Core Housing Need In Canada
A household is in core housing if its housing does not meet one or more of the adequacy, suitability or affordability standards, and it would have to spend 30% or more of its before-tax income to access acceptable local housing.
Adequate housing is reported by their residents as not requiring any major repairs.
Affordable housing costs less than 30% of total before-tax household income.
Suitable housing has enough bedrooms for the size and make-up of resident households according to National Occupancy Standard (NOS) requirements.
CMHC estimates and publishes core housing need every five years using the Census of Canada, and annually, using the Canadian Income Survey.
Based on data from Statistics Canada’s 2015 Canadian Income Survey, 1.5 million urban households, or 13.5% of all Canadian households living in urban areas, were in core housing need in 2015. This proportion was similar to that in 2014, considering the statistical accuracy of the estimate based on this survey.This number indicates that the proportion of Canadian households in housing need has remained almost the same since 2006.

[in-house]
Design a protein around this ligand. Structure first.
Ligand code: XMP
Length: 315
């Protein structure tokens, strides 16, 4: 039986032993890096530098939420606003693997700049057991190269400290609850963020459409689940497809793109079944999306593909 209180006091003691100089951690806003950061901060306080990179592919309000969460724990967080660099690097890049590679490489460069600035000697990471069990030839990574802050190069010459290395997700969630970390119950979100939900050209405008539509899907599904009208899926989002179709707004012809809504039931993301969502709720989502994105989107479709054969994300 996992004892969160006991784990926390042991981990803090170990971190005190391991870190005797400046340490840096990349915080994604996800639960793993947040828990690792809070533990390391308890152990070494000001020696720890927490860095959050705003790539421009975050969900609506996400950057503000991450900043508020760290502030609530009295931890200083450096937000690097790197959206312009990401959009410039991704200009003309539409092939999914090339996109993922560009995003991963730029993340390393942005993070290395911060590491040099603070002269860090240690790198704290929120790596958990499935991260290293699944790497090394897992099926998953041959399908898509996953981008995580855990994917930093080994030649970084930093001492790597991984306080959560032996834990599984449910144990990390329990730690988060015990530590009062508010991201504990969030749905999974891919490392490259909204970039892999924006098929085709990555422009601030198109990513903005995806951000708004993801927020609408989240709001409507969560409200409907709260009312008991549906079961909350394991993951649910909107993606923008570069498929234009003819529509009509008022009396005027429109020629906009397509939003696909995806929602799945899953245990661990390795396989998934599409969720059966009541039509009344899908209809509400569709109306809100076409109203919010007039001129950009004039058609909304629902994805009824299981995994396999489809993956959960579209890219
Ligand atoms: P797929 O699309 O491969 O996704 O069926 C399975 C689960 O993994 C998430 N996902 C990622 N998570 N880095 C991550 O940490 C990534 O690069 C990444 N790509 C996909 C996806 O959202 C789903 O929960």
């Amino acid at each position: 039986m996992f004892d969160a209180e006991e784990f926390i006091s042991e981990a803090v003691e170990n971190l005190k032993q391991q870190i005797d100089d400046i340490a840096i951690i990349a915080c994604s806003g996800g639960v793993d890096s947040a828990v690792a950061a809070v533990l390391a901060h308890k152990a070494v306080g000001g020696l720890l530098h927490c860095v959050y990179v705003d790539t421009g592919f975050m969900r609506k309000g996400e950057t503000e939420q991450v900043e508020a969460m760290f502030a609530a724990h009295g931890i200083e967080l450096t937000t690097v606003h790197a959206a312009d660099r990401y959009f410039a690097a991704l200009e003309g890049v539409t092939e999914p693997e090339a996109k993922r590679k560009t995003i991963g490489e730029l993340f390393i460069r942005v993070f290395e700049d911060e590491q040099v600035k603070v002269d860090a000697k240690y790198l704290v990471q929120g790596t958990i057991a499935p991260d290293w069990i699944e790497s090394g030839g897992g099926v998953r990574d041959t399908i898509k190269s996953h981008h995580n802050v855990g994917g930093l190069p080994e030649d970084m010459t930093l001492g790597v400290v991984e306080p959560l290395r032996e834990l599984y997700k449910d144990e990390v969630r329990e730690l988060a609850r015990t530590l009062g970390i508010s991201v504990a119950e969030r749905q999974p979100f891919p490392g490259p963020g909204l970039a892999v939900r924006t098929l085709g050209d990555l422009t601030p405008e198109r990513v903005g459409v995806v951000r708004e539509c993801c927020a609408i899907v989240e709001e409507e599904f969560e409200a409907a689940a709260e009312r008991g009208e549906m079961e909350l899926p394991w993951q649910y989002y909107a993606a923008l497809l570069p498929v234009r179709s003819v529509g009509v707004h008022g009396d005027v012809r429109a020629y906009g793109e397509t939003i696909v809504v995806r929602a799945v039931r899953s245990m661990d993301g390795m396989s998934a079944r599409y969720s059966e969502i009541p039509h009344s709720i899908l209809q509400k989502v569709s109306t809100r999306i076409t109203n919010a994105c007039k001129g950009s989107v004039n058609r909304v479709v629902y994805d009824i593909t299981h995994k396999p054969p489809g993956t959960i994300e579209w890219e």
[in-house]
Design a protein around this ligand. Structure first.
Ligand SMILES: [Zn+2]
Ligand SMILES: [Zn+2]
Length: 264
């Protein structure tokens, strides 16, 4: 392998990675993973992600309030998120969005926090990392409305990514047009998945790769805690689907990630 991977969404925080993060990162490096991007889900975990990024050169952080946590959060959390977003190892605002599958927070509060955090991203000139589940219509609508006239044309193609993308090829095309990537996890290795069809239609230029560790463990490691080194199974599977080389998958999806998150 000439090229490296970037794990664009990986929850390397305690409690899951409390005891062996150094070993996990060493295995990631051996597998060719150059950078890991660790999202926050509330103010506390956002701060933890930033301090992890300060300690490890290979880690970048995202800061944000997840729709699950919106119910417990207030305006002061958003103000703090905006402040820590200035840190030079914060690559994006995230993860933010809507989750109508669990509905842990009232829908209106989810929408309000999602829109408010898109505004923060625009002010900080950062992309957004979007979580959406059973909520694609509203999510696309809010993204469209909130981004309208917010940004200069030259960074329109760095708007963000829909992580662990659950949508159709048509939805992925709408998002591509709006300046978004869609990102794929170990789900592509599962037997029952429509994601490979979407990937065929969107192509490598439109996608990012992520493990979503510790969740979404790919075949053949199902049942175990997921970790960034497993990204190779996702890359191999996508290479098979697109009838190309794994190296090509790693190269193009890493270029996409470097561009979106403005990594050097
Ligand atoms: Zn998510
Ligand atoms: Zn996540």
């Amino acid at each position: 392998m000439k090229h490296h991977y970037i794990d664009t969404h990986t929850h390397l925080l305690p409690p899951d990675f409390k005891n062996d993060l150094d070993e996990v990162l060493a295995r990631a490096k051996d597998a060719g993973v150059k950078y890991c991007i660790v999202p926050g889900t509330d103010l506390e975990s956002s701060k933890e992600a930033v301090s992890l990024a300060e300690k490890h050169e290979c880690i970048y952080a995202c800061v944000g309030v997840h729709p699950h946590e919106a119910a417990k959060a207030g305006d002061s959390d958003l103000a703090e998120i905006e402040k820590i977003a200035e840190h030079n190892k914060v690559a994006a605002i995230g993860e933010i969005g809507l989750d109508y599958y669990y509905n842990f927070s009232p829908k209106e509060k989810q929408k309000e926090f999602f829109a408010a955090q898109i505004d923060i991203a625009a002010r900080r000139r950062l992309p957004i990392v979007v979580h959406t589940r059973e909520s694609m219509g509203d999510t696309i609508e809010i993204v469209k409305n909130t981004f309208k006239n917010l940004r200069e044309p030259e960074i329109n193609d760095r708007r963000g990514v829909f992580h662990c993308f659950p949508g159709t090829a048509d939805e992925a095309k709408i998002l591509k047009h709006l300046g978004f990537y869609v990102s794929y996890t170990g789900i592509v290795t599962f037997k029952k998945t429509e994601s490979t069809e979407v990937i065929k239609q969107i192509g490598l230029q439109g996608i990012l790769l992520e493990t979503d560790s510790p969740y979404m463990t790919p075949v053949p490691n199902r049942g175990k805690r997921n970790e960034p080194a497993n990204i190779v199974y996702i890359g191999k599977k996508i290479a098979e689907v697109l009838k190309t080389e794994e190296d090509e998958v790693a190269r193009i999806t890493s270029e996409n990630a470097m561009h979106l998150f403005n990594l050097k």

British Columbia was the province with the highest proportion of urban households in core housing need. The provinces of British Columbia, Ontario and Nova Scotia had a higher proportion of urban households than the national average in 2015. On the opposite end of the spectrum, Prince Edward Island, Newfoundland and Labrador, and New Brunswick were the provinces with the lowest proportions of urban households in core housing need in 2015. Around 702,000 households (half of urban households in core housing need), were living in Ontario in 2015.
Affordability, especially for renters still remains to be a key challenge for the Canadian government. The proportion of Ontarian households with unacceptable housing has significantly increased; close to 1 in 7 households were in core housing need in 2016, an increase of 130,000 households in absolute numbers compared to 2011.